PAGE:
Northern Ireland news

Platform: Fine Gael TD Neale Richmond: Preparations for a border poll should begin sooner rather than later

Neale Richmond has called for an all-party Special Oireachtas Committee to explore the challenges and opportunities of such a unity referendum

Neale Richmond

Fine Gael TD Dublin-Rathdown

Brexit has changed everything when it comes to Irish unity. The conversation regarding Ireland's future has now returned to the fore of our public and political discourse. This is thanks in large part to the choice of the British Government to pursue a hard Brexit, putting in stark context the divisions that exist across these islands, inflaming once-simmered tensions and putting our hard-won peace in jeopardy.

We are now in a position where it is feasible that a border poll could be called by the British Secretary of State for Northern Ireland in the next decade. In the face of this, the Irish Government must be prepared to successfully meet the challenges of such a referendum.

We must be prepared to tell the people of Ireland exactly what is on the table when we discuss a United Ireland. What will our health service look like? Our education system? How much will it cost? From the high level issues of economics to the mundane, we need to have absolute clarity as to what the future of this island could look like.

In order to do so, I have called upon the Government to establish an all-party Special Oireachtas Committee on the challenges and opportunities of such a Referendum. Bringing together stakeholders, experts and advocates of all positions to work through these tough issues in a Parliamentary setting is a realistic way to tackle these issues.

Discussions regarding a United Ireland are becoming more widespread in homes and across communities in Ireland and as such we must be prepared to present our vision of a United Ireland, down to the nitty-gritty details, as soon as possible.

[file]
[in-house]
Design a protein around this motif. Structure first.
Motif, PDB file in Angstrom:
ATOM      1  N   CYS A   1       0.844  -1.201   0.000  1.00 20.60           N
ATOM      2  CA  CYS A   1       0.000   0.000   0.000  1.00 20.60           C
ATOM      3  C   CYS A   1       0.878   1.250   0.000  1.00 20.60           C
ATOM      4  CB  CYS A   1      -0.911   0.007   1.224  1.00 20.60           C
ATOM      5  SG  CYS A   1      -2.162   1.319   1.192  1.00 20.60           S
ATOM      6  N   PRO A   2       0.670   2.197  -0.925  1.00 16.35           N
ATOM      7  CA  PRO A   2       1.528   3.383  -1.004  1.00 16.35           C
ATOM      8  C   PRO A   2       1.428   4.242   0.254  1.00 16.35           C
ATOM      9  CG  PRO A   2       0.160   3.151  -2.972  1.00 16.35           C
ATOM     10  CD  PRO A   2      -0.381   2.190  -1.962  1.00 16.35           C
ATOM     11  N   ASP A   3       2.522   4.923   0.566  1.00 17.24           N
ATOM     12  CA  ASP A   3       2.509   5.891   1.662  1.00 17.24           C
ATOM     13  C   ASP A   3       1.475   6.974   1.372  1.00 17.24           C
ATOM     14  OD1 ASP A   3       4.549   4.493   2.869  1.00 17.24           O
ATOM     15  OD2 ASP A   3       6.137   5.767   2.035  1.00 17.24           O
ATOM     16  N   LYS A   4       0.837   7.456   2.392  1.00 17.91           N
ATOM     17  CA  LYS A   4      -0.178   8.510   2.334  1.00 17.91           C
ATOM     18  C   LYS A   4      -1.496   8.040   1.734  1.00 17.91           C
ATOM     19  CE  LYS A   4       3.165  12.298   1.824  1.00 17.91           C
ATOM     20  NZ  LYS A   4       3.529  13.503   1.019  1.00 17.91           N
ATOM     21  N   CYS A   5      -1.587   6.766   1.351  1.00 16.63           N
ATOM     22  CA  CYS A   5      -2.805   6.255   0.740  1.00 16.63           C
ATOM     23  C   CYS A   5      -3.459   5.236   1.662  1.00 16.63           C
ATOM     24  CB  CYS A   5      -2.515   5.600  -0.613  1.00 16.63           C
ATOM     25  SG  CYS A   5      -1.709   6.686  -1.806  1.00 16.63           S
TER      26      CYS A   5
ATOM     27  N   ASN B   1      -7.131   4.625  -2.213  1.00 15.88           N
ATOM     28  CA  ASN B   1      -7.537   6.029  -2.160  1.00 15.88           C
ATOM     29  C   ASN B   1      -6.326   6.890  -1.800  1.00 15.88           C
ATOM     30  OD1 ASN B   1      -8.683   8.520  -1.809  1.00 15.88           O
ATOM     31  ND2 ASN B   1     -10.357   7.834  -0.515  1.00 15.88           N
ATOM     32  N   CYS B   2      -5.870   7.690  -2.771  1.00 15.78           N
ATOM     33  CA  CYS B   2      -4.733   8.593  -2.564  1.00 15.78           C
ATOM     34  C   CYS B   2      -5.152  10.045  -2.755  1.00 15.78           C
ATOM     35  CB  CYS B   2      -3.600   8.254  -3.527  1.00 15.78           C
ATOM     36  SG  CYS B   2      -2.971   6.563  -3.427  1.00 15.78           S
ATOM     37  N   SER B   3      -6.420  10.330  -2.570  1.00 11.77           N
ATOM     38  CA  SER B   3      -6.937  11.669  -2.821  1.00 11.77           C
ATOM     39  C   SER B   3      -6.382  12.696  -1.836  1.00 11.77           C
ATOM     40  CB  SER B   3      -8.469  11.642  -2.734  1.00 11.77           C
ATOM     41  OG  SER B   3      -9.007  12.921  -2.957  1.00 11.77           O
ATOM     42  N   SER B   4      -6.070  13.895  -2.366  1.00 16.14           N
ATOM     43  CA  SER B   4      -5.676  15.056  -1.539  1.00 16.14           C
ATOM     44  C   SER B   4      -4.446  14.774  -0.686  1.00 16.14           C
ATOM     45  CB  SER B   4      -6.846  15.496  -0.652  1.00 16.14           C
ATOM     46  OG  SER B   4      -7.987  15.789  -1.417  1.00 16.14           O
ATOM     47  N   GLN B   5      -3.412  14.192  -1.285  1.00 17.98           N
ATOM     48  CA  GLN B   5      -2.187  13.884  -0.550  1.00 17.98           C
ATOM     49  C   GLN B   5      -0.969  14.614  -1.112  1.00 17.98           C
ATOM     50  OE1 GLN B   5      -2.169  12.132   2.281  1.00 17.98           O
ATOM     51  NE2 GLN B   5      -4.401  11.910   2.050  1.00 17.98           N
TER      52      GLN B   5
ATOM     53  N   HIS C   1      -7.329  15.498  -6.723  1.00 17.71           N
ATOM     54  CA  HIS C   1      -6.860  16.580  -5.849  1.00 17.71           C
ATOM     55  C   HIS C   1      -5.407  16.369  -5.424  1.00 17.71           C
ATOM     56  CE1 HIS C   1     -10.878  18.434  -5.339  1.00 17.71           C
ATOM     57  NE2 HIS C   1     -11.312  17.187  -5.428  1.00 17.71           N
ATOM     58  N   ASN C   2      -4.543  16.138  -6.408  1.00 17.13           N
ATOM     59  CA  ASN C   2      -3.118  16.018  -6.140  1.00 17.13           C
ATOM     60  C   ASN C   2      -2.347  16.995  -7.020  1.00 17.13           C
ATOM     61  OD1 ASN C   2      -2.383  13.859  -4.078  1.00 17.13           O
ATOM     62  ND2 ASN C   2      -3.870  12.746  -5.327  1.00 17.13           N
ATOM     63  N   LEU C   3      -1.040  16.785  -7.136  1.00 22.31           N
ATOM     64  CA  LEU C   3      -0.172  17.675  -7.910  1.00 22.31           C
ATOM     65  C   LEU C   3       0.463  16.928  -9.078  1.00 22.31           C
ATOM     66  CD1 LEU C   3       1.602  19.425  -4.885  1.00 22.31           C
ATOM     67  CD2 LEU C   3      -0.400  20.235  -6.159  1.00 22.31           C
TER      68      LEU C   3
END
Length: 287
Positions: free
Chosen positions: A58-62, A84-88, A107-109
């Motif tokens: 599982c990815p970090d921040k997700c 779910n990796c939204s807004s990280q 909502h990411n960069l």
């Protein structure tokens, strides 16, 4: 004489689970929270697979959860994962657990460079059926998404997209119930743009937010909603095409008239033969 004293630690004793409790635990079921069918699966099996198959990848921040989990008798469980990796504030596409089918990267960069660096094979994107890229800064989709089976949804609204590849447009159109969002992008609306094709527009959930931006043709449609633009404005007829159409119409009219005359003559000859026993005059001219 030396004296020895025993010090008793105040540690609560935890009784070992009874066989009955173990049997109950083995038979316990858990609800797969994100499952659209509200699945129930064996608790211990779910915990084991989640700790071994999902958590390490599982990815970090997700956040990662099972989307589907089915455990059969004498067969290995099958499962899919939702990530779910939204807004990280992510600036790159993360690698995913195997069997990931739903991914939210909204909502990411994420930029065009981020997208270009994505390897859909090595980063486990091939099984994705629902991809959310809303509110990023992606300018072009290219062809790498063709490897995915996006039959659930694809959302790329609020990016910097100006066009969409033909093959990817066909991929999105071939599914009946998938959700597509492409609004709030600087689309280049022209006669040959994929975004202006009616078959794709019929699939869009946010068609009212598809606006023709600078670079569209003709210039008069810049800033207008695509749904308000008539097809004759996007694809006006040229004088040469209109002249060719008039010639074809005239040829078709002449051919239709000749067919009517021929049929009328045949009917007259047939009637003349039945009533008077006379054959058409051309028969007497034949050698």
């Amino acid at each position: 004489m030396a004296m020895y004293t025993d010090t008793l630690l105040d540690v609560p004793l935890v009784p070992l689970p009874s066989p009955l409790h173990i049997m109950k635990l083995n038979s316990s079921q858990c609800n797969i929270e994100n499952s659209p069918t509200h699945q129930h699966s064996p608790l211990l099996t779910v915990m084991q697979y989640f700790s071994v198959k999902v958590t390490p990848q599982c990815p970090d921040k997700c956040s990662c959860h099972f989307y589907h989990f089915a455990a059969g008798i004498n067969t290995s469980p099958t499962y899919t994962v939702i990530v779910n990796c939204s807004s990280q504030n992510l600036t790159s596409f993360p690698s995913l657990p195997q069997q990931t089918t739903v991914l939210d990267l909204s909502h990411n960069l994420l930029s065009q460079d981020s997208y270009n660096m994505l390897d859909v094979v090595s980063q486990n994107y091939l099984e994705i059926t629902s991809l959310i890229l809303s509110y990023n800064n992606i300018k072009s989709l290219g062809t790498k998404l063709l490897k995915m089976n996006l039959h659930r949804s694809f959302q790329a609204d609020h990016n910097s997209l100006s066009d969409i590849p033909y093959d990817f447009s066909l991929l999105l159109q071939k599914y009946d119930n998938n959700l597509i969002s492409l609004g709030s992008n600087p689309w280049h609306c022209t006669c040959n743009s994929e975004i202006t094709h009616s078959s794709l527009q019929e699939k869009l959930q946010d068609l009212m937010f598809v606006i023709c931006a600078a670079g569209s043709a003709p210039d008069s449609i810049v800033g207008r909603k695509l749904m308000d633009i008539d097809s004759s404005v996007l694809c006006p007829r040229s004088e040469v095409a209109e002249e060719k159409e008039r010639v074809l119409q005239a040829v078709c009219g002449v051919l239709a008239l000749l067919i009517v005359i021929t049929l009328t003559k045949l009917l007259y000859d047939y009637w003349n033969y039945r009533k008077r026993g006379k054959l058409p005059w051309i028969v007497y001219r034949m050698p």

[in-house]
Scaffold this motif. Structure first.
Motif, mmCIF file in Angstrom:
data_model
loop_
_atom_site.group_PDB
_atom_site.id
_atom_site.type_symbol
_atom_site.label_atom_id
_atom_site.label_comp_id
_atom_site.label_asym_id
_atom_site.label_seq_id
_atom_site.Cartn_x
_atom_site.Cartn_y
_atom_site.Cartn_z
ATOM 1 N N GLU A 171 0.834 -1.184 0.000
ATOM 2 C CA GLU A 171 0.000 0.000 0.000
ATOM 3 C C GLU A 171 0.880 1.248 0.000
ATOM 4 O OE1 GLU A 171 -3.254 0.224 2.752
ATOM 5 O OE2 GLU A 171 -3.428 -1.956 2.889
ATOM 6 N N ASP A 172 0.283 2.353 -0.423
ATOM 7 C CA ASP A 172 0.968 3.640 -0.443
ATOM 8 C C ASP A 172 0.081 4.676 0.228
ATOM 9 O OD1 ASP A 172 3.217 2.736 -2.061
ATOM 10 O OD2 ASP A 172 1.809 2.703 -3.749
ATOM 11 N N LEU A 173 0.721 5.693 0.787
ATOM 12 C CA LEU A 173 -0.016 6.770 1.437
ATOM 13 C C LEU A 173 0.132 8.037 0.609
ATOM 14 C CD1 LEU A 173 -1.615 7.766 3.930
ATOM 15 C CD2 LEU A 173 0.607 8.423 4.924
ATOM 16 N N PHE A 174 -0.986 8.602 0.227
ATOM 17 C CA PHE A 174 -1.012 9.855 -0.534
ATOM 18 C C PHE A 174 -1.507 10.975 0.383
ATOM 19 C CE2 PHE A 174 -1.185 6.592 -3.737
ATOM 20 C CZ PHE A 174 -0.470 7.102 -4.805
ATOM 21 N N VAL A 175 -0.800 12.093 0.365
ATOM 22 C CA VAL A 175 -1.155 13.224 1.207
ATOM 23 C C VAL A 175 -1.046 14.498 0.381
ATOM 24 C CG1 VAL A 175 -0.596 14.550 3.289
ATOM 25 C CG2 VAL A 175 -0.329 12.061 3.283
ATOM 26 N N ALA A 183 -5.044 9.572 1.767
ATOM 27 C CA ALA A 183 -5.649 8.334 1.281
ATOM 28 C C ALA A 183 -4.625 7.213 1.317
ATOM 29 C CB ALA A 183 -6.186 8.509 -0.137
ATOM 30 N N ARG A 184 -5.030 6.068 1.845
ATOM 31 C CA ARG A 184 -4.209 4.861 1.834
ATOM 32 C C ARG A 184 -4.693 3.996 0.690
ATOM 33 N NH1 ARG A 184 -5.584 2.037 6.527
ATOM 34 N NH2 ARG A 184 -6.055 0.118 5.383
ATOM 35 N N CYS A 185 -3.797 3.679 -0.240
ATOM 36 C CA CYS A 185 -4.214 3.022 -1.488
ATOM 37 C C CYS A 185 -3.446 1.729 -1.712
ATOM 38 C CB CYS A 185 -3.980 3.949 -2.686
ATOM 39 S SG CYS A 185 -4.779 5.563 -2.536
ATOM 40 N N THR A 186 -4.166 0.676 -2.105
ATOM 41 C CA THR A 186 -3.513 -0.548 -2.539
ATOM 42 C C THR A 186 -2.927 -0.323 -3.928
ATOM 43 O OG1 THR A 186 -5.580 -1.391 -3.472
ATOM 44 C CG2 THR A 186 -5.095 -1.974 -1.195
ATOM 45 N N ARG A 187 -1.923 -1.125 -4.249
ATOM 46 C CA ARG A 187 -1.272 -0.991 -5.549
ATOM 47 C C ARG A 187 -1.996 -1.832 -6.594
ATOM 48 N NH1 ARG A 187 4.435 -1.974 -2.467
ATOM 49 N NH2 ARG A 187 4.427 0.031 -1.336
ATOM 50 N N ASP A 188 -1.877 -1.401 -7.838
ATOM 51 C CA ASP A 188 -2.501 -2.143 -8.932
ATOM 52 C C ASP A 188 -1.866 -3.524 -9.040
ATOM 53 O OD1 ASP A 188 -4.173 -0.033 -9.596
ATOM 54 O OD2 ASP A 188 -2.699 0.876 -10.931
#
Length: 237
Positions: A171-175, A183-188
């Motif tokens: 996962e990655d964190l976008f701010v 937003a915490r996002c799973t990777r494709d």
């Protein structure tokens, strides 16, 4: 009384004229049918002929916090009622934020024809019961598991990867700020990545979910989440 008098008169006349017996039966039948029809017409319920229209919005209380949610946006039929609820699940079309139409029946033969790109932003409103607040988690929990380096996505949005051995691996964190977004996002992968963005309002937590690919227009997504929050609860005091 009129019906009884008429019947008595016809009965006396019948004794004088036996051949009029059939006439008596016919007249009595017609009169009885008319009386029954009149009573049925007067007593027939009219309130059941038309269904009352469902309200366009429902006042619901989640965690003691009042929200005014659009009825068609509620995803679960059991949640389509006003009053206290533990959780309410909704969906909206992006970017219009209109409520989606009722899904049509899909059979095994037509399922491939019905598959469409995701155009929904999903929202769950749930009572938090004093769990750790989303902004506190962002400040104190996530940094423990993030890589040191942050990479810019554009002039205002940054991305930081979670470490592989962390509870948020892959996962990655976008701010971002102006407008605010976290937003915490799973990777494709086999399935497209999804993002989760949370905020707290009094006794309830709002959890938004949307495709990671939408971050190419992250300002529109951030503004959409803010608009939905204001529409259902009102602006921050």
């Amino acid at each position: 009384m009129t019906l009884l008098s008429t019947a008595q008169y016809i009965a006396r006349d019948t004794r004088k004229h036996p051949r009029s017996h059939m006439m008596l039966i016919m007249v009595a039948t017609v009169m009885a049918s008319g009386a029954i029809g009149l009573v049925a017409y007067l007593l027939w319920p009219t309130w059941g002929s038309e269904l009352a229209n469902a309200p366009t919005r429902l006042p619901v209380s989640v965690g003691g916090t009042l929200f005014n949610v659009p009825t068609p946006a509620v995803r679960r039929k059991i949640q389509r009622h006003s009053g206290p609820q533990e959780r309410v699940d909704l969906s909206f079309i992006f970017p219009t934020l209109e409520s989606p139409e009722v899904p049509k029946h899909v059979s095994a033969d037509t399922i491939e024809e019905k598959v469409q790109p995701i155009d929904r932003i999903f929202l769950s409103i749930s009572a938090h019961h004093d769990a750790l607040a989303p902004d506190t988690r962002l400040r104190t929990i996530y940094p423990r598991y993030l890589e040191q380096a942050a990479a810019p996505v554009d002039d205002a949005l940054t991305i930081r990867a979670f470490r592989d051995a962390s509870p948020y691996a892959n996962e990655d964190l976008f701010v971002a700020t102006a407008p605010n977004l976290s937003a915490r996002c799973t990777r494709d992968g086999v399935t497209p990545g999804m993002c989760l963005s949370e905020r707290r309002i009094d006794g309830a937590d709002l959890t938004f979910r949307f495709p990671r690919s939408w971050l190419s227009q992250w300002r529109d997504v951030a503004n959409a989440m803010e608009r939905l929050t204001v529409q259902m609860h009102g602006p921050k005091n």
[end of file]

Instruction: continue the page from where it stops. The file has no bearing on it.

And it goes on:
The fact is, we do not know when a border poll will be called. We do not know what metrics the British Government and Secretary of State would use to deem a poll appropriate or necessary. In the face of such uncertainty, we owe it to the people of Ireland to be preparing for the poll sooner rather than later.

Those of us who aspire to a United Ireland are prepared to put in the work to present our vision to the people of Ireland. Unity is no longer a dirty word and our desires for such unity cannot be spoken in whispers or in backdoor conversations.

This discussion is happening so it is up to the Government to take control and give the people of Ireland, North and South, the clarity they deserve.

Clearly, there is additional work to be done in terms of rebuilding relations on this island, both North-South and East-West, as well was working through the challenges of Brexit, but this cannot preclude a parallel discussion on possible Unity.

Brexit showed us what can happen when you present a rushed referendum to people with no clear outline of what the answer looks like. Take, ‘leave means leave' – even six years later I'm unsure what this actually means in practice for the UK and I'd hedge a bet that many others are too. We must learn from the lessons of Brexit, from the lessons of the Scottish independence referendum and have our vision for the future of this island clear.

Whether the referendum is called in 10, 20 or 30 years our vision must be clear. Now is the time for the Irish Government to be leaders on this subject, to take a responsible path forward and have the difficult conversations about our future. This is the least the people of Ireland deserve.

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